Installing AWX on MacOS

Get AWX running on your Mac

The AWX logo. Good isn’t it?

WTF is AWX?

AWX is the free, open source version of Ansible Tower. Owned by Red Hat, Ansible is a configuration management tool for keeping your infrastructure in a desired state. Like Fedora is the upstream OS for RHEL, AWX is the upstream project for Ansible Tower. AWX is a central interface for managing all your ansible hosts and inventory in one place.

Why in the god damn shit would I want to use that?

Do you like consistent, repeatable, infrastructure deploys? Do you hate logging onto machines carrying out tedious tasks? Do you cry at the thought of running yum update everywhere? Of course you do. Why else would you be reading a DevOps article? You’re not here for my starling wit.

Ansible is just one of many configuration management tools you can use to achieve this. They all work in a similar fashion. You define a state for your infrastructure in a file. The config management tool then takes your defined state and ensures your servers match that state. If it finds the state has differed, it will correct it.

For example, let’s say you have a coworker who has decided the default text editor on all 350 of your VM’s should be Midnight Commander*. Why? Because he likes it and fuck the other 7 people on the team. After you’ve hidden his body under the server room floor, you’re going to want an easy way to unfuck that mess. Config management tools will do that for you. What they won’t do is solve the age old argument over which text editor is best to begin with, but no-one thinks it’s Midnight Commander.

*Yes, this actually happened, and I fixed it with Puppet.

Which config management should you choose? It 👏 doesn’t 👏 matter.👏 Use whatever one you like best that you can easily work with. There is no right or wrong tool and anyone who says so is full of shit (Midnight Commander notwithstanding). The end result is what’s important, not the tool, and the end result we want here is consistency and repeatability.

So once you have your tool, you want a way to centrally manage it and easily view your estate from one place. If you’ve chosen Ansible, then AWX is what you need.

OK fine, how do I get it?

To get started, you will need to install:

I had all of these running, so I haven’t included how to do that here, but links are above. It’s not a difficult task, so go do that and come back here.

Firstly, go to the AWX repo and find the latest release number. You need to clone this into your working directory.

git clone -b 01.02.03 https://github.com/ansible/awx.git

Next, install the python libraries you need using pip. You want docker, docker-compose, and awxkit.

pip install docker docker-compose awxkit

Now install ansible itself using Brew.

brew install ansible

Once that’s done, install ansible-galaxy to manage community roles and collections.

brew install ansible-galaxy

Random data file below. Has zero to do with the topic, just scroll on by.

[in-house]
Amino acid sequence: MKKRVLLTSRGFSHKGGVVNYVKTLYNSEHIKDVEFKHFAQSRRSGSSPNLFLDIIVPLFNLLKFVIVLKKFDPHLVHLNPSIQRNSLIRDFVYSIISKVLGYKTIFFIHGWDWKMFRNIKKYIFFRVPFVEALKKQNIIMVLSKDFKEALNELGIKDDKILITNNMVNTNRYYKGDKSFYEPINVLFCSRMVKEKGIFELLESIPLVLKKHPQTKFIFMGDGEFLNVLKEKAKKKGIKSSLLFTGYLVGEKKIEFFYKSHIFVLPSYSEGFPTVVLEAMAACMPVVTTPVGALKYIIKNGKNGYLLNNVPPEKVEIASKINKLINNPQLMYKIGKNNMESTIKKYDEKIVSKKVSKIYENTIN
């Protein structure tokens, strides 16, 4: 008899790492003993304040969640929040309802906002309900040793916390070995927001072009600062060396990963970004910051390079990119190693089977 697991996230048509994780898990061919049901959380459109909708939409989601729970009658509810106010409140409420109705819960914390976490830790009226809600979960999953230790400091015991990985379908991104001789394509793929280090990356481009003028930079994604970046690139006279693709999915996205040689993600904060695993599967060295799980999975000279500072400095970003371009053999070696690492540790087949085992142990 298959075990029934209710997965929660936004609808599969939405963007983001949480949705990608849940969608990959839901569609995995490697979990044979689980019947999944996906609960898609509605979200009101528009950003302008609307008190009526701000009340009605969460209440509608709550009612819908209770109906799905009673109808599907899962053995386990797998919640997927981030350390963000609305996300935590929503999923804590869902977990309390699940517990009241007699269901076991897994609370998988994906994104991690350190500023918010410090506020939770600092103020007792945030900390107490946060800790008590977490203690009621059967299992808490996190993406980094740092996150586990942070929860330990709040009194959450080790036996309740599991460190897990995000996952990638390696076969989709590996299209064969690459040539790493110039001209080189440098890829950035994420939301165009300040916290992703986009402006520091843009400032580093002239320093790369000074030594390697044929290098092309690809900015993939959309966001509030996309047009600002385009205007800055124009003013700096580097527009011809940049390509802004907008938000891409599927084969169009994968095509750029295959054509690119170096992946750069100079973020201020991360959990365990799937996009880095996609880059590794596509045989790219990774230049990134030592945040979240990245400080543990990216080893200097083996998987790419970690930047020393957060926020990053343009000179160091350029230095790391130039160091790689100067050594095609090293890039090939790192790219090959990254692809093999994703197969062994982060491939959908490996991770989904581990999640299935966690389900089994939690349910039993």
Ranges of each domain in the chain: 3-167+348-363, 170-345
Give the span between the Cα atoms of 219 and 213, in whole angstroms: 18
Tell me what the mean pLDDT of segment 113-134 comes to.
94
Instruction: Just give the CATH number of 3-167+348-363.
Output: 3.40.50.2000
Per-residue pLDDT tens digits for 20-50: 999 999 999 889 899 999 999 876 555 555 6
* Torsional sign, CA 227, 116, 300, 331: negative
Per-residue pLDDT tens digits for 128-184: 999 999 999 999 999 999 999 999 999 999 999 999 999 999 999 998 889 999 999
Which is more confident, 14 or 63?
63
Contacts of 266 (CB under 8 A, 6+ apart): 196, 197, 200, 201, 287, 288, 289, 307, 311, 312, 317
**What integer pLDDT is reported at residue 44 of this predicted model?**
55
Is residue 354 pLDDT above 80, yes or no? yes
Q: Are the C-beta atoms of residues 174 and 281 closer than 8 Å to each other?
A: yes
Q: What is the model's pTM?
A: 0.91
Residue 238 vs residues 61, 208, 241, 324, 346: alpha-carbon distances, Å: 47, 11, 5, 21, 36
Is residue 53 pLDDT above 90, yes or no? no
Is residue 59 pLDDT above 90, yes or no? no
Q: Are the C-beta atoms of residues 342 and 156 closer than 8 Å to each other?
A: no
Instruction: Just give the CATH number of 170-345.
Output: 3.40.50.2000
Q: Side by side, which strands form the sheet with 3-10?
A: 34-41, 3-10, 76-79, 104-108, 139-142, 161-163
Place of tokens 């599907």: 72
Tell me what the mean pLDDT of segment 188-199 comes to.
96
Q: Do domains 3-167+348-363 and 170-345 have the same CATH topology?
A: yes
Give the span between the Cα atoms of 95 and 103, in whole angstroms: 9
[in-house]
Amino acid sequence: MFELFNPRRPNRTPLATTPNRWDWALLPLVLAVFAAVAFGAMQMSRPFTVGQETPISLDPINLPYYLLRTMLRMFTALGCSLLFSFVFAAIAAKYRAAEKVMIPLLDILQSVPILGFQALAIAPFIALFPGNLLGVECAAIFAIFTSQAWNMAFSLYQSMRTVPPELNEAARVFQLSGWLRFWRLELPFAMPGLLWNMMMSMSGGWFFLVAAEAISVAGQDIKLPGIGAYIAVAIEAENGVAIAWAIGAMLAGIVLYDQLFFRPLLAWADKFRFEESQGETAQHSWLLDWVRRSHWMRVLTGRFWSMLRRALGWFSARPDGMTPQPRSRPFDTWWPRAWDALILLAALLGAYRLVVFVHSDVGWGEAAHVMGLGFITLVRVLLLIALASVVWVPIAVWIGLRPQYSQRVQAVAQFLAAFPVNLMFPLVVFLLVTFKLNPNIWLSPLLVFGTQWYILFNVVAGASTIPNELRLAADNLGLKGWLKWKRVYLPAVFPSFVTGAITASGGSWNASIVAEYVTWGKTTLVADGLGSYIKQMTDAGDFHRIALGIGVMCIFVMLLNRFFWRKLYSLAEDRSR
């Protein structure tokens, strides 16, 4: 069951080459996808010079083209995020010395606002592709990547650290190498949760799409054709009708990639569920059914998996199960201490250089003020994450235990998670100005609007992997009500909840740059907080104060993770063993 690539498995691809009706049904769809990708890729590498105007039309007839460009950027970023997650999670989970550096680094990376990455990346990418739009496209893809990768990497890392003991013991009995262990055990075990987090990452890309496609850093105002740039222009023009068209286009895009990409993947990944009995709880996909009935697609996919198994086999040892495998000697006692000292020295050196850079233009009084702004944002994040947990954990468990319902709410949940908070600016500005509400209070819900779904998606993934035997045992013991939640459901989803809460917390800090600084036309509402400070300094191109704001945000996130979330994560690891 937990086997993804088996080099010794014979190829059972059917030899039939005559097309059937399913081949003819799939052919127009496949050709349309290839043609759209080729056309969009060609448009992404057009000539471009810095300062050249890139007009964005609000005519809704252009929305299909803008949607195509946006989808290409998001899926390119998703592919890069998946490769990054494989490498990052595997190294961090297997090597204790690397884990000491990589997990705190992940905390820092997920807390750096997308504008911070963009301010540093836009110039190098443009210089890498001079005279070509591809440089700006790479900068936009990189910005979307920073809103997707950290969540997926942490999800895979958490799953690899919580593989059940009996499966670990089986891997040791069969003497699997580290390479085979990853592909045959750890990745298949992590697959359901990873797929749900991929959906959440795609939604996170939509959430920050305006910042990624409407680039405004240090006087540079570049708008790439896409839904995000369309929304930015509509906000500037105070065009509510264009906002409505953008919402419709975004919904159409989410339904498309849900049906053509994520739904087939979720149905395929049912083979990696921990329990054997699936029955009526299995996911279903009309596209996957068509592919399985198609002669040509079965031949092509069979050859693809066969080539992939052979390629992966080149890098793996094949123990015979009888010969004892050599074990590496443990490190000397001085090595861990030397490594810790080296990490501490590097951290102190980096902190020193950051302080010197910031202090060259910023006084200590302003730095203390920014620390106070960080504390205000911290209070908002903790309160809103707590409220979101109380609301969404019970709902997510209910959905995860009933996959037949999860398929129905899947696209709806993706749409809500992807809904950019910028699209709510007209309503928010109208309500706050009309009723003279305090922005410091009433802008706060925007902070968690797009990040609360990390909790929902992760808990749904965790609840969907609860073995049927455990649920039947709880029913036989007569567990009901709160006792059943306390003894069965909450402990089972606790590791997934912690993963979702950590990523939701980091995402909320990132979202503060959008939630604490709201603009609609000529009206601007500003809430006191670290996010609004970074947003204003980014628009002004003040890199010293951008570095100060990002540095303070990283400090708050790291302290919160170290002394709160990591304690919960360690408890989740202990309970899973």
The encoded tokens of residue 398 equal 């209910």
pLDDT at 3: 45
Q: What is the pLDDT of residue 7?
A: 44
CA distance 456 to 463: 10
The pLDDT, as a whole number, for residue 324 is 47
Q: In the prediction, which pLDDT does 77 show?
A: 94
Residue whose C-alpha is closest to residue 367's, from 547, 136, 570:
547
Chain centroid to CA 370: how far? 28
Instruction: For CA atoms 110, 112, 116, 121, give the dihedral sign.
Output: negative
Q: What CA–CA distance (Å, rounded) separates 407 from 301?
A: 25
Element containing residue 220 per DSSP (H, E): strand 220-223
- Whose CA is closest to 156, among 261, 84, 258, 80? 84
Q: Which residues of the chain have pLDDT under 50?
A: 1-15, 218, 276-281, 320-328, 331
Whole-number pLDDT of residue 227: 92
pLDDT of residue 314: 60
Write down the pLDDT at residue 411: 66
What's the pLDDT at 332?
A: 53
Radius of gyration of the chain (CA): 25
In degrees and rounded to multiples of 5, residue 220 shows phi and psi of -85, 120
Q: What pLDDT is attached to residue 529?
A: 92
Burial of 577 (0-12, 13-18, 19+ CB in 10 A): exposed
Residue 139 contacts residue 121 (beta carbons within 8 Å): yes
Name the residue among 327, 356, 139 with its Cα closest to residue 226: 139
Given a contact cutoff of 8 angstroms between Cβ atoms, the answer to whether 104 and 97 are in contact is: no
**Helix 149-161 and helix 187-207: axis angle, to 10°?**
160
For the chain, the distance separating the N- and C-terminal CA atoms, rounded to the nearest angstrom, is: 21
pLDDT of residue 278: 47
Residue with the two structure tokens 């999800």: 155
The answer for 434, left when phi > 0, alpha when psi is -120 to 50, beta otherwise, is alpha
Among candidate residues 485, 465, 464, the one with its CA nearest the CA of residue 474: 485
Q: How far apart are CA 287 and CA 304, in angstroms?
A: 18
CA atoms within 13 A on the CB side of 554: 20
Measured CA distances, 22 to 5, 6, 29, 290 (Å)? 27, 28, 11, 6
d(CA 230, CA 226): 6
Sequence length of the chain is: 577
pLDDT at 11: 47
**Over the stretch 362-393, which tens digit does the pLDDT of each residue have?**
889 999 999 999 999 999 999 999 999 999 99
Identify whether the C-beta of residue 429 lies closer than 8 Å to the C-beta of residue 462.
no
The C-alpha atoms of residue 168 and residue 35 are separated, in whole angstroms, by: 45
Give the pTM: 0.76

Do a quick check that Ansible is installed. A version command should respond.

ansible --version

Now onto the meat and bones. Go back into the directory you cloned the AWX repo into, and go to the installer folder.

cd awx/installer

Inside this directory is a file called inventory which contains the settings for AWX. These are the values you need to set. Some of these will be predefined, you can keep those if you want, but do not do that outside of your local machine.

dockerhub_base=ansible
awx_task_hostname=awx
awx_web_hostname=awxweb
postgres_data_dir="~/.awx/pgdocker"
host_port=80
host_port_ssl=443
docker_compose_dir="~/.awx/awxcompose"
pg_username=awxuser
pg_password=hunter2
pg_database=awx
pg_port=5432
admin_user=awx-admin
admin_password=thepasswordyouwant
awx_alternate_dns_servers="8.8.8.8,8.8.4.4"
create_preload_data=True
secret_key=imnottellingyou

Now, the final step, running the ansible playbook that will install AWX. Ensure you’re still in awx/installer and run:

ansible-playbook -i inventory install.yml

Then watch it go!

When it completes, Docker should have created containers for you. Check this by running docker ps and you should see something like this

CONTAINER ID   IMAGE                COMMAND                  CREATED      STATUS        PORTS                  NAMES
e562a4cb0f7c ansible/awx:17.0.0 "/usr/bin/tini -- /u…" 4 days ago Up 34 hours 8052/tcp awx_task
19b14ff53390 ansible/awx:17.0.0 "/usr/bin/tini -- /b…" 4 days ago Up 34 hours 0.0.0.0:80->8052/tcp awx_web
52f2cf0f33e7 redis "docker-entrypoint.s…" 4 days ago Up 34 hours 6379/tcp awx_redis
1793d1836b51 postgres:12 "docker-entrypoint.s…" 4 days ago Up 34 hours 5432/tcp awx_postgres

Look for the awx_web container, and you will see the local IP address AWX is listening on. Open that in a browser, in my case it was on 0.0.0.0:80

The login credentials are the admin_user and admin_password values that you configured earlier in the inventory file. Log in with them.

The AWX login screen
The AWX login screen
SUCCESS!

You then have your AWX dashboard ready to go.

Screenshot of the AWX dashboard
Screenshot of the AWX dashboard
Hooray!

And there you go, AWX is now running on your Mac without a load of fuss and hassle. Go reward yourself with a nice cup of tea, you’ve earned it!

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